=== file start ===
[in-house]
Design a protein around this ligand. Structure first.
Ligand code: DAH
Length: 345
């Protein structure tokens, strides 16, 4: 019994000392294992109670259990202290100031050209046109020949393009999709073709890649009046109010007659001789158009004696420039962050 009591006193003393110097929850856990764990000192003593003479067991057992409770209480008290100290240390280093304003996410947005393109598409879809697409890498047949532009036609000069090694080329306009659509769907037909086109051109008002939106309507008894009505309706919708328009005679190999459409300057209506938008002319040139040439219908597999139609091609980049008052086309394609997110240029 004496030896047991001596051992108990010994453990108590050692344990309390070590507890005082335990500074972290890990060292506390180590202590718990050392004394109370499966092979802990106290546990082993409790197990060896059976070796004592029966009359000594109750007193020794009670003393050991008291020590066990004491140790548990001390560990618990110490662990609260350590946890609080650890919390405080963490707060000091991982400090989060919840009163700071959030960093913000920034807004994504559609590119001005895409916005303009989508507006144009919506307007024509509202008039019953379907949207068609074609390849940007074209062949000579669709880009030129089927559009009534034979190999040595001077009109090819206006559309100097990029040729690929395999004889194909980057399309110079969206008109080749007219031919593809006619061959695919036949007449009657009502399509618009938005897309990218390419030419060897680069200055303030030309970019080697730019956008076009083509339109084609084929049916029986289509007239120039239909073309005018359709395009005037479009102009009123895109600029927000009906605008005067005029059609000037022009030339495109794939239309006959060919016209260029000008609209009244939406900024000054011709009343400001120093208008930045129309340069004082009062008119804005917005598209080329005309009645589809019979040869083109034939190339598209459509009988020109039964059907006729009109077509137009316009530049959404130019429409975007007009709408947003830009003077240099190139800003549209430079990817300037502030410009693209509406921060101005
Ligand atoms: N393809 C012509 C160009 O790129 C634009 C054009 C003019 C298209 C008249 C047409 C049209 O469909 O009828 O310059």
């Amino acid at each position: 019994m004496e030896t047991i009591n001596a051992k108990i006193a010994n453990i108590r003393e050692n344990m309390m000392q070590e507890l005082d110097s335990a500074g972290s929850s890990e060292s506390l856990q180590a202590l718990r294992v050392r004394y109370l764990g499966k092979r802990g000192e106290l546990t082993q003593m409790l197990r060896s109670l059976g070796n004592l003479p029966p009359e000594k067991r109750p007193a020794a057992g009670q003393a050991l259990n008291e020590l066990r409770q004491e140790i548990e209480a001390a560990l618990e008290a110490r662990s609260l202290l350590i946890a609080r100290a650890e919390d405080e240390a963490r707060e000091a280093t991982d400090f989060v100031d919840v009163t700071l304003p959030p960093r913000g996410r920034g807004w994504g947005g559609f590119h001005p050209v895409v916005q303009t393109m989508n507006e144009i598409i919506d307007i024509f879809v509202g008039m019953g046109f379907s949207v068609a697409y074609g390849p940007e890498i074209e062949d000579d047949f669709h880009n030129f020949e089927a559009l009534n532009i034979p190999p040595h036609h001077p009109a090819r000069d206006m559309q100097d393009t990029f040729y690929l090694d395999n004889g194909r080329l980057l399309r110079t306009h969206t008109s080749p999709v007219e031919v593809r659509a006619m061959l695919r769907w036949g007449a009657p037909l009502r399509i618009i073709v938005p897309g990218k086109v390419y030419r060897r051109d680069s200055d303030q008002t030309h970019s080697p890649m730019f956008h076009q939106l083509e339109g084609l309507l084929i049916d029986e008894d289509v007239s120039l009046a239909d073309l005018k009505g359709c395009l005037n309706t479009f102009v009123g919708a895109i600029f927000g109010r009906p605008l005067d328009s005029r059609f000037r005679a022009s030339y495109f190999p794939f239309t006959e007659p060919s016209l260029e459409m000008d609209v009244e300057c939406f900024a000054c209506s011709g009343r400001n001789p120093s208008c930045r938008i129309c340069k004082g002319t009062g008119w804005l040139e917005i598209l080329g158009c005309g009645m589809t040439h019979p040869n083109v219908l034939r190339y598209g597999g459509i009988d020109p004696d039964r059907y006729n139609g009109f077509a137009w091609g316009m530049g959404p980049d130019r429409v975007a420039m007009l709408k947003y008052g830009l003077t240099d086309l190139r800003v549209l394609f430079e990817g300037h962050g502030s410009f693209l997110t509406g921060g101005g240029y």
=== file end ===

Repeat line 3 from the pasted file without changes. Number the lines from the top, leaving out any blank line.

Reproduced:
Ligand code: DAH